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Commun Dis Public Health. 2001 Dec;4(4):247-52.

Hepatitis B prevalence and risk factors for HBsAg carriage amongst Somali households in Liverpool.

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Tropical Child Health Group, Tropical Medicine Division, Liverpool School of Tropical Medicine.


The prevalence of hepatitis B core antibody (anti-HBc) and surface antigen (HBsAg) in the Somali population in Liverpool is described and groups who may benefit from vaccination are identified. A cross-sectional descriptive study was undertaken. A total of 439 subjects, aged between 10 months and 80 years, from 151 households, were screened for anti-HBc and HBsAg. One hundred ninety-four (44.2%) were children aged less than 15 years. Three hundred and nine (69%) of enrolled subjects were born in Somalia, 122 (27.2%) were born in the UK and 8 were born elsewhere. Of the study population, 5.7% were carriers of HBsAg, with the highest prevalence in adults aged 20 to 44 years (9.4%). A history of circumcision (RR 95% CI; 1.2, 1.1-1.5) was the most significant risk factor for HBsAg carriage, but was not significant on multivariate analysis. Prevalence of anti-HBc was 27.5%, and increased with age over the first four decades. Univariate analysis showed that a history of living in a refugee camp (RR 95% CI; 3.1, 1.7-5.7), receiving an injection in Somalia (2.1, 1.7-2.5), a history of circumcision or other surgical procedure in Somalia (1.4, 1.3-1.6) and being born in Somalia (1.3, 1.2-1.4) were significant risk factors for anti-HBc positivity. On multivariate analysis, only circumcision (OR 95% CI; 4.3, 1.8-10.3) and receiving an injection in Somalia (2.5, 1.5-4.4) remained significant. Seven of 80 (8.7%) children born in the UK and aged five years or less had evidence of exposure to hepatitis B, of whom only one had a close family member identified to be HBsAg seropositive. Previous infection with hepatitis B is common in this population. Horizontal transmission may be continuing at an early age within the UK, suggesting a population of at risk individuals who would benefit from surveillance and immunisation. Community circumcision is a risk factor for hepatitis B transmission and best practice should be followed when this procedure is undertaken.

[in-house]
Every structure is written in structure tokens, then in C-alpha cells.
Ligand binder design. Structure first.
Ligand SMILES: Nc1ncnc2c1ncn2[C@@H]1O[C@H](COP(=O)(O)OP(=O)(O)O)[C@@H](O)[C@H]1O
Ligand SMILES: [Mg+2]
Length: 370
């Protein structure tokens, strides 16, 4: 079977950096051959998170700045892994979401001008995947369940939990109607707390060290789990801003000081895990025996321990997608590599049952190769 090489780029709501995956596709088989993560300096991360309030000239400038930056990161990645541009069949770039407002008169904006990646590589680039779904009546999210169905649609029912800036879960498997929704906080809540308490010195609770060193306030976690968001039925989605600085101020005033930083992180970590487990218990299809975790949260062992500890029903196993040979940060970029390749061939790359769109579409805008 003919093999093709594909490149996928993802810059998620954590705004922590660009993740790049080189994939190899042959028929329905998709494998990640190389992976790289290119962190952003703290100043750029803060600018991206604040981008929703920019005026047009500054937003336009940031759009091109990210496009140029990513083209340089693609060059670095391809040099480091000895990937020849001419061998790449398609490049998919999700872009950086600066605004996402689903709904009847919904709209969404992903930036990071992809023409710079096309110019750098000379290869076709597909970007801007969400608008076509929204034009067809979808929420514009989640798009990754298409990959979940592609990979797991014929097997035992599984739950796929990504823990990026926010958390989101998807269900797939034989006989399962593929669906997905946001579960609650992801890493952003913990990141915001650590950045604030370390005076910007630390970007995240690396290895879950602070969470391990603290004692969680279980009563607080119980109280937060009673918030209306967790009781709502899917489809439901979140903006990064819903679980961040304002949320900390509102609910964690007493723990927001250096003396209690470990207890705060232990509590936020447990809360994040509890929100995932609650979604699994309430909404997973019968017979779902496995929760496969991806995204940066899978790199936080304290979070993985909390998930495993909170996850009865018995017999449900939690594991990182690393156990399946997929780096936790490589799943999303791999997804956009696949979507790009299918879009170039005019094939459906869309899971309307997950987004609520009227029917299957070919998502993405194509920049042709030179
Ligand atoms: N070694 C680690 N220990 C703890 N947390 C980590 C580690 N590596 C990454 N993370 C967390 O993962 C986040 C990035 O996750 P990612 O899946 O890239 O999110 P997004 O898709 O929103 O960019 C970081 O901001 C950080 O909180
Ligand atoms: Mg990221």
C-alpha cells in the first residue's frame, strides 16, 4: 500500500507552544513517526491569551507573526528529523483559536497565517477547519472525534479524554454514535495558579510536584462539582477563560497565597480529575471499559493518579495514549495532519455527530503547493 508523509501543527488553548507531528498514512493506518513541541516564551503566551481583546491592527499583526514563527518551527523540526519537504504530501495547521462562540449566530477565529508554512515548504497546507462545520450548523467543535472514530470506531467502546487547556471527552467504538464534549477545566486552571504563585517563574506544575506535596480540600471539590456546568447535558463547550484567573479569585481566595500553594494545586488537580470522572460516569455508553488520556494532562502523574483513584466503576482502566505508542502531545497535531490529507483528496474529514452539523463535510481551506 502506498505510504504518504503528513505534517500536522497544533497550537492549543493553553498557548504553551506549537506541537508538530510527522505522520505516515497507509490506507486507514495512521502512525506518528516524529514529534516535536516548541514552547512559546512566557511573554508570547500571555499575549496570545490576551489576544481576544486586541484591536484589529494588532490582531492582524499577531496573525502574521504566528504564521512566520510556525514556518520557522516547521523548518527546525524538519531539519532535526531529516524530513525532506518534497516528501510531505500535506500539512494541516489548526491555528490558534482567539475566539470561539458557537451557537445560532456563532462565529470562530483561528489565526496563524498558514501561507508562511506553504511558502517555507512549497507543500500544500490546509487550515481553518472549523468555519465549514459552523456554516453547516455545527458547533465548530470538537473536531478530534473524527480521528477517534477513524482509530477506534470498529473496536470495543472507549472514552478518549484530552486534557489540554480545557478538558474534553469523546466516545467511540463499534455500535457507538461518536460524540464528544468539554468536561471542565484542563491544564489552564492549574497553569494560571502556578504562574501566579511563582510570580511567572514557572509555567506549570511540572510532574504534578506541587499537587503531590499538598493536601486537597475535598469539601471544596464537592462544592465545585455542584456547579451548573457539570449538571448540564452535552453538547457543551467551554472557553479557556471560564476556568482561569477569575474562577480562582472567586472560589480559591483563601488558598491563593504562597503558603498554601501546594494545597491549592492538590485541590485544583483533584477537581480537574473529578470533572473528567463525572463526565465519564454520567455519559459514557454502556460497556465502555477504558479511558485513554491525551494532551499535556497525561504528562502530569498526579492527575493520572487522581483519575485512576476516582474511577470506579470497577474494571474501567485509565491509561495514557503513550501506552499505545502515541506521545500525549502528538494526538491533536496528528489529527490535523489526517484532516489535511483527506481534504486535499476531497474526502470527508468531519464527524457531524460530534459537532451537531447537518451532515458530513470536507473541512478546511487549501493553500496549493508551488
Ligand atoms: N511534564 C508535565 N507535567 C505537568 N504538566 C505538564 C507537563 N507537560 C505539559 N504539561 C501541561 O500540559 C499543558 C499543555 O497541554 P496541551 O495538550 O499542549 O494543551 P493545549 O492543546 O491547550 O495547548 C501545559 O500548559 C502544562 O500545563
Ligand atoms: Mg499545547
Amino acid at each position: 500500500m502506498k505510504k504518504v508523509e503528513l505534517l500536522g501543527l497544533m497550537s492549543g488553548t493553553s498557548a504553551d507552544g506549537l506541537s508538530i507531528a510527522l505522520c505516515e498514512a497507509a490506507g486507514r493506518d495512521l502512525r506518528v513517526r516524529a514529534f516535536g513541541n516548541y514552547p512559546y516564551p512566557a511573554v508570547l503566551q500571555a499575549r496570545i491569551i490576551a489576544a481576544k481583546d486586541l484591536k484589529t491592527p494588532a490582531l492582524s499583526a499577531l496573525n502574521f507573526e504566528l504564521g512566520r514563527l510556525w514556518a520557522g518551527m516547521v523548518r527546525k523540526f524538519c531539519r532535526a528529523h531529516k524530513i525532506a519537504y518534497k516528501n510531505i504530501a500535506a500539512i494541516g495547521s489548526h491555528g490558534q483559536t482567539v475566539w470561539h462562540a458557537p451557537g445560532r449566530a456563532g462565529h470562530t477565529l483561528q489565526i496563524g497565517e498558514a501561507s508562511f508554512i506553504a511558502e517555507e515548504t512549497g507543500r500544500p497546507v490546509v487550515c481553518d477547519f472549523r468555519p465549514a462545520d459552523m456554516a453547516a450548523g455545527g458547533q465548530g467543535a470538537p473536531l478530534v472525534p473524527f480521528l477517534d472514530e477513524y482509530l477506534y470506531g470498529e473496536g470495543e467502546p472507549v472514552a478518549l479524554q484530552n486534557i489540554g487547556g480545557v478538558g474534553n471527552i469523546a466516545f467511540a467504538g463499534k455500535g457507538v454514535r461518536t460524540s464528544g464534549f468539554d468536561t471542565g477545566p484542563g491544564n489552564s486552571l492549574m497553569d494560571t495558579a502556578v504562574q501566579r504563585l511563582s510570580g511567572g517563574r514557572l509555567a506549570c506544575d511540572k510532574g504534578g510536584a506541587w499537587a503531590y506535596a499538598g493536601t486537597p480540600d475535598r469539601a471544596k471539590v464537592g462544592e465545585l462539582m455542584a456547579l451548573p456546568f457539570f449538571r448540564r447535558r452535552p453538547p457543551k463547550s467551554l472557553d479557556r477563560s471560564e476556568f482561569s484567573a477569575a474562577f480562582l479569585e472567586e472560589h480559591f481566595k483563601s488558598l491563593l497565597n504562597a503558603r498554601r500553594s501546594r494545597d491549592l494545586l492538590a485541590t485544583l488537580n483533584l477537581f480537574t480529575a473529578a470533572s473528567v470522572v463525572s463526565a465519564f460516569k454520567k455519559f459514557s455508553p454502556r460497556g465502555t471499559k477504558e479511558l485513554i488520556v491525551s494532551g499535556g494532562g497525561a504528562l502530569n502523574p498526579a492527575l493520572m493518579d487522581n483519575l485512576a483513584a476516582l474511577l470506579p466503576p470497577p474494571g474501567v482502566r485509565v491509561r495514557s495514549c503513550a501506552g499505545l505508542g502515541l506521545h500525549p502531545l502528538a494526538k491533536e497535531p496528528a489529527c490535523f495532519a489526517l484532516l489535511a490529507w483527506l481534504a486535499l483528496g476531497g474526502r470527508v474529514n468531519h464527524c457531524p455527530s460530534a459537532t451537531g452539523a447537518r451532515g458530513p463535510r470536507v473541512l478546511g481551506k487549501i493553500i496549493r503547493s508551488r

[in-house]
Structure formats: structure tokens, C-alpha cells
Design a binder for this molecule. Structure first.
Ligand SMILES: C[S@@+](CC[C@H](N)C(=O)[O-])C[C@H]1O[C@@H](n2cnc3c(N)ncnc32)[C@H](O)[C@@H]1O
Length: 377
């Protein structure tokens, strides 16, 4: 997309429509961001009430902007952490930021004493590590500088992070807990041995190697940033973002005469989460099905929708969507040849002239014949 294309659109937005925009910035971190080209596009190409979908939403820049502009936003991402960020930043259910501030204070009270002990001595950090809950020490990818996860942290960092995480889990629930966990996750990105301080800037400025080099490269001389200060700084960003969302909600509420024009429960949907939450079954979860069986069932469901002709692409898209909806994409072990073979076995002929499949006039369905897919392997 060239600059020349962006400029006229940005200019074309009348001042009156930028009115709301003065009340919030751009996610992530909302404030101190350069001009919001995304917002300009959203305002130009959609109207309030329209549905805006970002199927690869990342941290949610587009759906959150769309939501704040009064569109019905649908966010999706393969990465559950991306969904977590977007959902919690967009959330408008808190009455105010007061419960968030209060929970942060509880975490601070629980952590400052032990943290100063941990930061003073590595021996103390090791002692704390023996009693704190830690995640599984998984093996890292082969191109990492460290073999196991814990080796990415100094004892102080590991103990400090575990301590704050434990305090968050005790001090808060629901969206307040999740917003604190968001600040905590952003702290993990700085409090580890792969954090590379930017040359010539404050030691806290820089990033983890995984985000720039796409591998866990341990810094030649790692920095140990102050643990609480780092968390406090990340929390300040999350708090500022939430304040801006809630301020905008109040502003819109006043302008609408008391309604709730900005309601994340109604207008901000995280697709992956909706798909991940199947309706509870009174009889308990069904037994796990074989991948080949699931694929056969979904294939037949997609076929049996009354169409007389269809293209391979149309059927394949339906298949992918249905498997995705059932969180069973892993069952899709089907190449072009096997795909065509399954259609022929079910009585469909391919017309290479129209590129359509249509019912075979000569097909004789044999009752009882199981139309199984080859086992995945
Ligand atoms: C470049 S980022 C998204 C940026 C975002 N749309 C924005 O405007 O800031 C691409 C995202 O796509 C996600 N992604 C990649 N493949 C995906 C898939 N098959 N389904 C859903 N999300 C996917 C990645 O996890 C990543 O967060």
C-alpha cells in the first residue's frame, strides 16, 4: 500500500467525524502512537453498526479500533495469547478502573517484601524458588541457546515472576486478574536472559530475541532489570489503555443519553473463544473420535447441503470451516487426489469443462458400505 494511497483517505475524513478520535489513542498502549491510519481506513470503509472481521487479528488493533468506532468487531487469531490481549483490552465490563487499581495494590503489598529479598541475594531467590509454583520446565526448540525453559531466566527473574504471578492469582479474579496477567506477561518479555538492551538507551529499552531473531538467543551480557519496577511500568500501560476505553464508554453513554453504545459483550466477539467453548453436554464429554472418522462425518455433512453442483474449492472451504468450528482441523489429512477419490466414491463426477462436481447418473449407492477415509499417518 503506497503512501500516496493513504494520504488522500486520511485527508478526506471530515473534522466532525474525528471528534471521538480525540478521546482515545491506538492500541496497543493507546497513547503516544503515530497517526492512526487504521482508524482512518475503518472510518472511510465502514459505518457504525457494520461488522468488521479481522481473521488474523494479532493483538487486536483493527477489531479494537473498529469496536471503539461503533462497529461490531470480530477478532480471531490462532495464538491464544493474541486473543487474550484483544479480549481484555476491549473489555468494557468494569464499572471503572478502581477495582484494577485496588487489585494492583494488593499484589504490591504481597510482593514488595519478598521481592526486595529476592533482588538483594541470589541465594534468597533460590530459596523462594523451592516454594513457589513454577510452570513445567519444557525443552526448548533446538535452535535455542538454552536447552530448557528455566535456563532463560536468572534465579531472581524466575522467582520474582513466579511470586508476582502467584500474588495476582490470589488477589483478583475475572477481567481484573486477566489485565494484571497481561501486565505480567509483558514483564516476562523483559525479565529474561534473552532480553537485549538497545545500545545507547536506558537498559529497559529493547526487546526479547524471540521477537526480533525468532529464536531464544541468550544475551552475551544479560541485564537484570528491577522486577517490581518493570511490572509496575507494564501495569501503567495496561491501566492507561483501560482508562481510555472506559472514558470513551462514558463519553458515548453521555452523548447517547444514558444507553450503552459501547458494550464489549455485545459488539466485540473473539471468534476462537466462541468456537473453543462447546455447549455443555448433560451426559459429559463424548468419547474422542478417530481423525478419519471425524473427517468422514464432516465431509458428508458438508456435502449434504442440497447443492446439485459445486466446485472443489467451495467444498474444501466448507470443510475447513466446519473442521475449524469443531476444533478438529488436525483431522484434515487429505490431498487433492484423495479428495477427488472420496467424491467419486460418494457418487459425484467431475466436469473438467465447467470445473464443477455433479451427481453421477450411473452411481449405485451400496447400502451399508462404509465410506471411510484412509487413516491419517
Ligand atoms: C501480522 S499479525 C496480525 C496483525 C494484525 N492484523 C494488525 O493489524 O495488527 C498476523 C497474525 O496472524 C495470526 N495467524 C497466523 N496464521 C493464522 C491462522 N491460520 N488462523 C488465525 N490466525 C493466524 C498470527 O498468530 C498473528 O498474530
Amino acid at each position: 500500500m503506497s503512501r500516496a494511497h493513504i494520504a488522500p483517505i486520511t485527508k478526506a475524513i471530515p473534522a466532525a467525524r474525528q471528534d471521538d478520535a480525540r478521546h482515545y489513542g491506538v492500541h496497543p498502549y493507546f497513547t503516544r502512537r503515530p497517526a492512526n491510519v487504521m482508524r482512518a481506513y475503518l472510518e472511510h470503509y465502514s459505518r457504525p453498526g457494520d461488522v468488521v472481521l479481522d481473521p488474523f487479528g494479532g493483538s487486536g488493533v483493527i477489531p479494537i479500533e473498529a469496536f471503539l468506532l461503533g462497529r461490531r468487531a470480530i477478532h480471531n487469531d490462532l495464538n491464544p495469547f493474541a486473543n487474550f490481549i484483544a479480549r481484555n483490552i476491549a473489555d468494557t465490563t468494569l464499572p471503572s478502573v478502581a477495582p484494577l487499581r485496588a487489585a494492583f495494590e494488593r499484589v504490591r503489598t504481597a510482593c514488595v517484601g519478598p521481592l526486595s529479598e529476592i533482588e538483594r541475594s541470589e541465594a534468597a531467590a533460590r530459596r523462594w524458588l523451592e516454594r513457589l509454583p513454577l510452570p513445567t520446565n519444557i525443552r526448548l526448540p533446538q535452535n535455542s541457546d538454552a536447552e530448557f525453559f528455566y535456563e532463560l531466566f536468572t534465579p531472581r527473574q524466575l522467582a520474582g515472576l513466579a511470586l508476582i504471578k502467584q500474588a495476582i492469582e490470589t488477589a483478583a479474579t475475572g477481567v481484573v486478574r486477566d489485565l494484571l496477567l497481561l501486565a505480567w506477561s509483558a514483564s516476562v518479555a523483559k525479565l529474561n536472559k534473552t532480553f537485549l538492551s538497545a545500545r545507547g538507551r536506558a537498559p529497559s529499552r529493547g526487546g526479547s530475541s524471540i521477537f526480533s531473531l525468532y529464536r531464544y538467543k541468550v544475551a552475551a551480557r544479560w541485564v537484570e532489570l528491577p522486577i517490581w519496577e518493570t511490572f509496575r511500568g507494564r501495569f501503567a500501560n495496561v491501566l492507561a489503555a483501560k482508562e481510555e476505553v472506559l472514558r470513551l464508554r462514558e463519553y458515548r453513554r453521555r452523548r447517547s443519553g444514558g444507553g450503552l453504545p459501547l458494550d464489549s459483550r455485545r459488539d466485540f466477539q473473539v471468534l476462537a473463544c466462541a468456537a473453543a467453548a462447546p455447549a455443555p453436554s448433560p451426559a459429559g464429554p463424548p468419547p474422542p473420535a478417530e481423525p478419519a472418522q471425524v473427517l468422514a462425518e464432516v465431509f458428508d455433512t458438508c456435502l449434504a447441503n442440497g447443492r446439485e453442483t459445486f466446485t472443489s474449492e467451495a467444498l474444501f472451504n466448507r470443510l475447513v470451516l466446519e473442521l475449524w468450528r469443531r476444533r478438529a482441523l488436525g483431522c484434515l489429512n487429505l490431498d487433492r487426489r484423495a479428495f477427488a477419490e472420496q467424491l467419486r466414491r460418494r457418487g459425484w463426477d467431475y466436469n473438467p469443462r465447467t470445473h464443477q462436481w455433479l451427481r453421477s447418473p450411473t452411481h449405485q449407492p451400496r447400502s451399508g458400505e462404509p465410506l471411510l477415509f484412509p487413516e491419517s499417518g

[Indexed for MEDLINE]

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